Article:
I will pivot this ending with a formal declaration. If I’m hit by a bus or something and my family (not just the legally-recognized ones) has gathered around my bed in the ICU and is wondering if I’m even still in there, here’s what I want you to do:

Play either “America” from the Broadway score to “West Side Story,” or “Are You Man Enough” by the Four Tops. Or, in a pinch, the theme song from “Friends.”

If I don’t even try to do the hand claps…look, I’m sorry, but clearly I’m gone and nothing can bring me back. Start divvying up my body parts and my comic books. And please, someone delete my browser history.

 

 

 

Paul Ryan 1970-20?? HOLD IN CMS

It’s no secret that people in the news game maintain an inventory of obituaries of prominent, not dead, not even sick citizens. It’s the responsible choice. Murphy’s Law dictates that if Betty White is even capable of dying, it’s sure to happen when we’re recovering from a two-day bender and are incapable of giving this fine lady the sendoff that she deserves.

So the fact that I wrote House Speaker Paul Ryan’s obituary today should in no way be taken as some sort of wishful thinking. I sincerely hope that the man lives a long, long life and expires in a state of peace, surrounded by the many people who love him.

Seriously. If anything, I’m writing this now because I’m certain that the Speaker is going to outlive me. I mean, just look at him. Even the worst photo of him ever taken indicates a man brimming with health, committed to daily exercise and a regular diet.

Whereas I, as I write this, have just eaten a carrot cake donut and am halfway through a twenty ounce bottle of Diet Dr Pepper. Continue reading “Paul Ryan 1970-20?? HOLD IN CMS”

Congress repeals access to free public school education

Of course they didn’t. But imagine it. New Congress and their first order of business is to pass legislation that dismantles the public education system. Children are no longer guaranteed access to K-12 for free. Actually, they’re not even guaranteed access to K-12. Not as a fundamental right.

All schools in America have the right to refuse to accept any child for any reason. All schools in America can expel any child for any reason. And all of these schools will be sharing information between themselves freely, so if Billy or Jane got kicked out of third grade because their school didn’t feel like accommodating their food allergy or their disability, that could disqualify them from ever getting educated anywhere. Continue reading “Congress repeals access to free public school education”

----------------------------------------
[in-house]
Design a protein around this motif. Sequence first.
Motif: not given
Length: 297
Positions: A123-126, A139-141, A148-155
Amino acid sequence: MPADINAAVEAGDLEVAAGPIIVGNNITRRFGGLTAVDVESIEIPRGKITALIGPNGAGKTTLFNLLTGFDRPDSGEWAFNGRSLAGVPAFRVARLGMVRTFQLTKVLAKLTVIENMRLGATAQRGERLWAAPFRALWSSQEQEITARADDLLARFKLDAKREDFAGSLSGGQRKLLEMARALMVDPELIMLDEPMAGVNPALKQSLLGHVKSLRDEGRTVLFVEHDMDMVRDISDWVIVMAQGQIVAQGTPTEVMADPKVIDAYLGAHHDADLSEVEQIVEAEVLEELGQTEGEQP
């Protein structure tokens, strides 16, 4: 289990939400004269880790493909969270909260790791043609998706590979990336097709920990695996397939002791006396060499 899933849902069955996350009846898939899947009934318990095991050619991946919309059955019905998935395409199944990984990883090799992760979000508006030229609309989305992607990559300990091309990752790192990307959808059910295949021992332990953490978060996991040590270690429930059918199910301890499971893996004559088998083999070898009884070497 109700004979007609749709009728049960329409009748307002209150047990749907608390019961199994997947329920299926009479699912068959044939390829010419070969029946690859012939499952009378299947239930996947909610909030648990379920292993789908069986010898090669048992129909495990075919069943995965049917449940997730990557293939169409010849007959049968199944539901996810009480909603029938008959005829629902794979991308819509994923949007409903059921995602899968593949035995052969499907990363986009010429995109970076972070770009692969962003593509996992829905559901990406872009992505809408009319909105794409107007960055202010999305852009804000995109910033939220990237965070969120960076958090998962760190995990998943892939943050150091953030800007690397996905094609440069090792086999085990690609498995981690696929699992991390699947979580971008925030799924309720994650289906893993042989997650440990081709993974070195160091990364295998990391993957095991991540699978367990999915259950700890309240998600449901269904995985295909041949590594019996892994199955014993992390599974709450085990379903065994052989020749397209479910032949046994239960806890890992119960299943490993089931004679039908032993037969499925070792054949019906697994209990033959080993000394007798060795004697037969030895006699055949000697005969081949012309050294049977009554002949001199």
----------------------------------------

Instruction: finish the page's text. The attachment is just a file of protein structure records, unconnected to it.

‘Soda Politics’ and ‘Saving Gotham’ – The New York Times

‘Soda Politics’ and ‘Saving Gotham‘:

“Research has linked unbalanced soda consumption to obesity, Type 2 diabetes, coronary artery disease, stroke, dental disease, bone disease, depression, gout, asthma, cancer and premature death. These links, as Nestle clearly points out, are more correlative than causative. But all those correlations add up. To Big Soda’s ‘just one won’t hurt’ head fake, Nestle counters with a frightening totality of evidence. A study she cites estimates that sugar-sweetened beverages are responsible for 184,000 obesity-related deaths per year.”

(Via NYT.)

This review got me to buy the book, because the writer praised the thing for putting science and fact above activism. It already seems obvious that drinking lots of sweetened sodas is Medically-Contraindicated regardless of your personal or family health industry; I’ve been more curious to find out if the beverage industries have operated in as shady a fashion as the tobacco industry did.

I made “no sweetened soda inside the house” a Mission Rule way back in my late Twenties, when I realized that it probably wasn’t in my longterm best interests to reach for a Coke Classic every time I took a break from writing. Lately, I’ve been transitioning to flavored seltzers, though diet sodas are still a staple grocery item.